Albert saw into a new world. His knowledge is often at fault, but sometimes his statements are prophetic of modern discovery. For example, he said that the poles of the earth were too cold to be inhabited. He knew about the sleep of plants and many of the laws of the vegetable world. He was indefatigable in experimentation, the forerunner of the modern laboratory worker, and had much to do with arsenic, sulphur, and other chemical substances. He knew about gunpowder, but got his knowledge from others.14821482 An interesting survey of Albert’s knowledge of nature is given by Sighart, pp. 302-356; also Stöckl, II. 359 sqq.c and the dark arts, but probably without sufficient reason.
The world has had few such prolific writers as Albertus Magnus. In Borgnet’s edition of thirty-eight volumes, there are, excluding, the valuable indexes, no less than 27,014 pages of two columns each. These writings may be said to take up not only every topic of physical knowledge but to discuss every imaginable subject in religion and philosophy. His activity combined the travail of the original thinker with the toil of the compiler. Twelve volumes in Borgnet’s edition are devoted to philosophy and the natural sciences, one to sermons, one to a commentary on Dionysius the Areopagite, ten to commentaries on books of the Old and New Testaments, and fourteen to theology. He freely used some of his predecessors among the Schoolmen as Anselm, Bernard, and Hugo and Richard of St. Victor, as well as the Fathers and the Greek and Arabic philosophers.
Albert’s chief theological works are a Commentary on the Sentences of the Lombard, a Study of Created Things14831483 Summa de creaturis, vols. XXXIV., XXXV., in Borgnet’s ed.udy of Created Things, or System of Nature is an attempt, whose boldness has never been exceeded, to explain the great phenomena of the visible universe above and below, eternity and time, the stars and the motion of the heavens, angels and devils, man, his soul and body, the laws of his nutrition, sleep, reason, intellect, and other parts of his constitution, and events to which he is subject.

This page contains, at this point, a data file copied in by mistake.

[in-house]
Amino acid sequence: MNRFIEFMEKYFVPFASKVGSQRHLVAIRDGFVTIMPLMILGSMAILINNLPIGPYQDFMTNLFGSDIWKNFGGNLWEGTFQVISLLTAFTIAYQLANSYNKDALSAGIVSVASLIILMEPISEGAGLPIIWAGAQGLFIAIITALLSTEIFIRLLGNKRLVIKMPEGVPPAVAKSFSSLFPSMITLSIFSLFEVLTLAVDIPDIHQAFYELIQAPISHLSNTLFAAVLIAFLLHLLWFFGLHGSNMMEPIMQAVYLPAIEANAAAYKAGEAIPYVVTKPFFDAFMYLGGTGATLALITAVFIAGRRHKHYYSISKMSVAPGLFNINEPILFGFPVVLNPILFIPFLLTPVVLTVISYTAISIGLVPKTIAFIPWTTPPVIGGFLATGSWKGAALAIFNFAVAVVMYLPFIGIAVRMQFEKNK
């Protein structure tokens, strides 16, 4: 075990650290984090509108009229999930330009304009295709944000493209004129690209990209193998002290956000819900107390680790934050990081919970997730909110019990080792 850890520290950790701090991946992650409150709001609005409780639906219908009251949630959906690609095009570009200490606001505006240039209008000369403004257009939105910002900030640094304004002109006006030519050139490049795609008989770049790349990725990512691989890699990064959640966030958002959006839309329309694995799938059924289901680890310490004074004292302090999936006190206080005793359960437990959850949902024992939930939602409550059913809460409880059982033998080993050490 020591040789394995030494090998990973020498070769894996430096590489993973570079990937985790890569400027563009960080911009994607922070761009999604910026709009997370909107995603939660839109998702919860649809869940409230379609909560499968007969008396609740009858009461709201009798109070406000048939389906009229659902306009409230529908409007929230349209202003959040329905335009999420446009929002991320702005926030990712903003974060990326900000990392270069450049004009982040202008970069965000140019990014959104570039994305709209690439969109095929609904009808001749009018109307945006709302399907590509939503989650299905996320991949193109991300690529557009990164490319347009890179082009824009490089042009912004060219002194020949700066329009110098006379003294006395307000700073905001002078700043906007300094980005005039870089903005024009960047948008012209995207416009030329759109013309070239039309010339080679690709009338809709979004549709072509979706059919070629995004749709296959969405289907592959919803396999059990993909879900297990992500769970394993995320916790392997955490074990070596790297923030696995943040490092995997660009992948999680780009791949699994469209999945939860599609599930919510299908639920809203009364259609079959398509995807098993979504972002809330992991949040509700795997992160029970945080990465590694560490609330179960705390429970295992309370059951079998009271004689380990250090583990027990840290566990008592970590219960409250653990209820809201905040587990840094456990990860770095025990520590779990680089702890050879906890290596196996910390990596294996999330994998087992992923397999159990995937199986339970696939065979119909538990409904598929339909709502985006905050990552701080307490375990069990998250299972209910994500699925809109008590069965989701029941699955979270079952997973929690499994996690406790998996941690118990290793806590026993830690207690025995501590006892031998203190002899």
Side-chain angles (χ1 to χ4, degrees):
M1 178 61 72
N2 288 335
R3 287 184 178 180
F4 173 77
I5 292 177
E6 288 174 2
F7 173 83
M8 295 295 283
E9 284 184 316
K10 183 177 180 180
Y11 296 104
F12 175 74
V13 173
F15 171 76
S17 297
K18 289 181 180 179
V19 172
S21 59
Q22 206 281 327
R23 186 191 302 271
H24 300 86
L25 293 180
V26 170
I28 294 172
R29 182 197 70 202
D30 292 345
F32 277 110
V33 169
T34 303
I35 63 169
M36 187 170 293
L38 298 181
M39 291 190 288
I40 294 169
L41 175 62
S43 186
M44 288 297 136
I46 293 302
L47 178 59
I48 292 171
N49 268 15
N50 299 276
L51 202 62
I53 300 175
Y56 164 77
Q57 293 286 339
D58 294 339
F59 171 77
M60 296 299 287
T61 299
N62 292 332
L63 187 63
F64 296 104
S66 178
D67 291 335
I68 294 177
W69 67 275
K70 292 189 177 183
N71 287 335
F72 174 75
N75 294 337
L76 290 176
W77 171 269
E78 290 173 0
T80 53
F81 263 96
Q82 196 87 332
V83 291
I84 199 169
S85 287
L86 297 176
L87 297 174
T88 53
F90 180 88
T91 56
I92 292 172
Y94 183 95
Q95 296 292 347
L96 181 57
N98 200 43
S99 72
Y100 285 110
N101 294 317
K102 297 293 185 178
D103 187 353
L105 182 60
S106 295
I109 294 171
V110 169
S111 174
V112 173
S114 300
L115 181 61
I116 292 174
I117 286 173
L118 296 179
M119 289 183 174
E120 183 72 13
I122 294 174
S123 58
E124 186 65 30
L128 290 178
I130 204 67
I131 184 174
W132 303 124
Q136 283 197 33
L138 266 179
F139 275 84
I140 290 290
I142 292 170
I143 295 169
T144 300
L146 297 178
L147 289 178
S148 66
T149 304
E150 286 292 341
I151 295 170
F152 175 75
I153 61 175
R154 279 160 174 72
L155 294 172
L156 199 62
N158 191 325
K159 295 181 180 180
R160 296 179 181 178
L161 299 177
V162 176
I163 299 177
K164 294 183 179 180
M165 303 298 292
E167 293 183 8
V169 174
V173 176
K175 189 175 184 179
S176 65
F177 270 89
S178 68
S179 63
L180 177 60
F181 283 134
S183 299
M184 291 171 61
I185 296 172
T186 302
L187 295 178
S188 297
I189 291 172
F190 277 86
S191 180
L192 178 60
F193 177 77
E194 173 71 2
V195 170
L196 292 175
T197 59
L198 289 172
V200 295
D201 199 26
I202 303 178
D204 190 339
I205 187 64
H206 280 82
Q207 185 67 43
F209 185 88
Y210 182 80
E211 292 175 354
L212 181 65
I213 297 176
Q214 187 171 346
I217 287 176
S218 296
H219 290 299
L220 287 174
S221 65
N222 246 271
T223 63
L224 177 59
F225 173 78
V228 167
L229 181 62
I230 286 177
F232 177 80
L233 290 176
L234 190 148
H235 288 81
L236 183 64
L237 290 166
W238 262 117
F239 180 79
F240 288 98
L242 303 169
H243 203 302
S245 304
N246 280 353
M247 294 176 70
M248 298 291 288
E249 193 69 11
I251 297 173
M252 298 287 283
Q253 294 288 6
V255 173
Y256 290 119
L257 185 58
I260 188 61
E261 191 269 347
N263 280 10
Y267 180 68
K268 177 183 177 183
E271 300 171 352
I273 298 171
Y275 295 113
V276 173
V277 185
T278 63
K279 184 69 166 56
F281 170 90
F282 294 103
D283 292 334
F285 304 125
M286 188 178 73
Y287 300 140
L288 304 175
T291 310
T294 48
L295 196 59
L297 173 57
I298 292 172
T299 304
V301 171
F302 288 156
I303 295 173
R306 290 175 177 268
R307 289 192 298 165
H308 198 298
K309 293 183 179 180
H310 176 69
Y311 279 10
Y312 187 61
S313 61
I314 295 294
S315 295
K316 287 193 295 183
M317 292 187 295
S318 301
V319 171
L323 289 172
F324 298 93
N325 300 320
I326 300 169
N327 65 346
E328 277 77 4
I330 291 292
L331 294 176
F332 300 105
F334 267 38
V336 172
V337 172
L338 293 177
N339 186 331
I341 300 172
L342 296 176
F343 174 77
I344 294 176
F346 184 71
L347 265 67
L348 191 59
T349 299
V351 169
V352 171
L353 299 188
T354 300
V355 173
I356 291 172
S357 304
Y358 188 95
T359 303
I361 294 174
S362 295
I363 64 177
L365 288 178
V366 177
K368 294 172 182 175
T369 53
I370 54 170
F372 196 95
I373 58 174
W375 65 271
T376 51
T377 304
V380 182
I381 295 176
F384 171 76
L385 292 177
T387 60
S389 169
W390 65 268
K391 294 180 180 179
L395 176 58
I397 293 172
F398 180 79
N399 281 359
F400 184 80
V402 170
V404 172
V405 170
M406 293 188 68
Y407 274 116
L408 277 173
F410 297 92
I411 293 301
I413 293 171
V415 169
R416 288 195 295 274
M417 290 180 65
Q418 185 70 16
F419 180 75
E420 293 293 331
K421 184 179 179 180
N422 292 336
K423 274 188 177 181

Albert’s commentaries cover the Psalms in three volumes, the Lamentations, Daniel, the Minor Prophets, Baruch, the Gospels, and the Apocalypse. His commentary on the Worthy Woman of Proverbs 31:10–31 is drawn out to two hundred pages of two columns each.
Theology, Albert defined to be a science in the truest sense, and what is more, it is wisdom.14841484 Theologia verissima scientia est et, quod plus est, sapientia. Summa theol., I. 1, 1; Borgnet’s ed., XXXI. 9.14851485 Summa, I. 3, q. 17; Borgnet’s ed., XXXI. 116. The existence of God is not, properly speaking, an article of theology, but an antecedent of all articles. In his Summa he quotes Anselm’s definition. "God is greater than anything else that can be conceived." The objection was made to it that what is above what can be conceived we cannot grasp. He answers the objection by showing that God can be known by positive affirmation and by negation. The cosmological proof was most to Albert’s mind, and he argued at length the proposition that motion demands a prime mover. Matter cannot start itself into motion.14861486 Physic, VII.; Borgnet’s ed., III. 483-502.
Following Augustine, Anselm, and Richard of St. Victor, he argued for the procession of the Spirit from the Son as well as from the Father as a necessity,14881488 Summa, I. 7, q. 31; Borgnet, XXXI. 326 sqq.